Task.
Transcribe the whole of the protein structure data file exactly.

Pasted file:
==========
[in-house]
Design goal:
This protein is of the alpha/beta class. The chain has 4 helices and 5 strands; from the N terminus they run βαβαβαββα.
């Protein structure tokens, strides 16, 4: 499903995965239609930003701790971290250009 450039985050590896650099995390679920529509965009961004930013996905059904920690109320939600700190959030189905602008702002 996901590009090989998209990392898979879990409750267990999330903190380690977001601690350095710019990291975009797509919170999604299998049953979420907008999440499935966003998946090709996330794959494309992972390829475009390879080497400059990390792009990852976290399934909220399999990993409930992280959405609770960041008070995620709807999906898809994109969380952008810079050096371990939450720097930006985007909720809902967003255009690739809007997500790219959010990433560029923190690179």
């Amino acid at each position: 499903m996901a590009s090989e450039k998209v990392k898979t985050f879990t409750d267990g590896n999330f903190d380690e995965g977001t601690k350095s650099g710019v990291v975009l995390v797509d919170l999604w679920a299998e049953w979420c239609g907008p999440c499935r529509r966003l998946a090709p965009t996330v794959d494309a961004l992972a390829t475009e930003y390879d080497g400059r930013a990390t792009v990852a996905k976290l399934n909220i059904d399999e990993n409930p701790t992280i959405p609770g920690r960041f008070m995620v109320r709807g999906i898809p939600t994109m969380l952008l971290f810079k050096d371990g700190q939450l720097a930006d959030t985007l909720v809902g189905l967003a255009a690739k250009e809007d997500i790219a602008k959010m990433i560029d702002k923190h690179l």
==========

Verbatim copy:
[in-house]
Design goal:
This protein is of the alpha/beta class. The chain has 4 helices and 5 strands; from the N terminus they run βαβαβαββα.
């Protein structure tokens, strides 16, 4: 499903995965239609930003701790971290250009 450039985050590896650099995390679920529509965009961004930013996905059904920690109320939600700190959030189905602008702002 996901590009090989998209990392898979879990409750267990999330903190380690977001601690350095710019990291975009797509919170999604299998049953979420907008999440499935966003998946090709996330794959494309992972390829475009390879080497400059990390792009990852976290399934909220399999990993409930992280959405609770960041008070995620709807999906898809994109969380952008810079050096371990939450720097930006985007909720809902967003255009690739809007997500790219959010990433560029923190690179």
């Amino acid at each position: 499903m996901a590009s090989e450039k998209v990392k898979t985050f879990t409750d267990g590896n999330f903190d380690e995965g977001t601690k350095s650099g710019v990291v975009l995390v797509d919170l999604w679920a299998e049953w979420c239609g907008p999440c499935r529509r966003l998946a090709p965009t996330v794959d494309a961004l992972a390829t475009e930003y390879d080497g400059r930013a990390t792009v990852a996905k976290l399934n909220i059904d399999e990993n409930p701790t992280i959405p609770g920690r960041f008070m995620v109320r709807g999906i898809p939600t994109m969380l952008l971290f810079k050096d371990g700190q939450l720097a930006d959030t985007l909720v809902g189905l967003a255009a690739k250009e809007d997500i790219a602008k959010m990433i560029d702002k923190h690179l």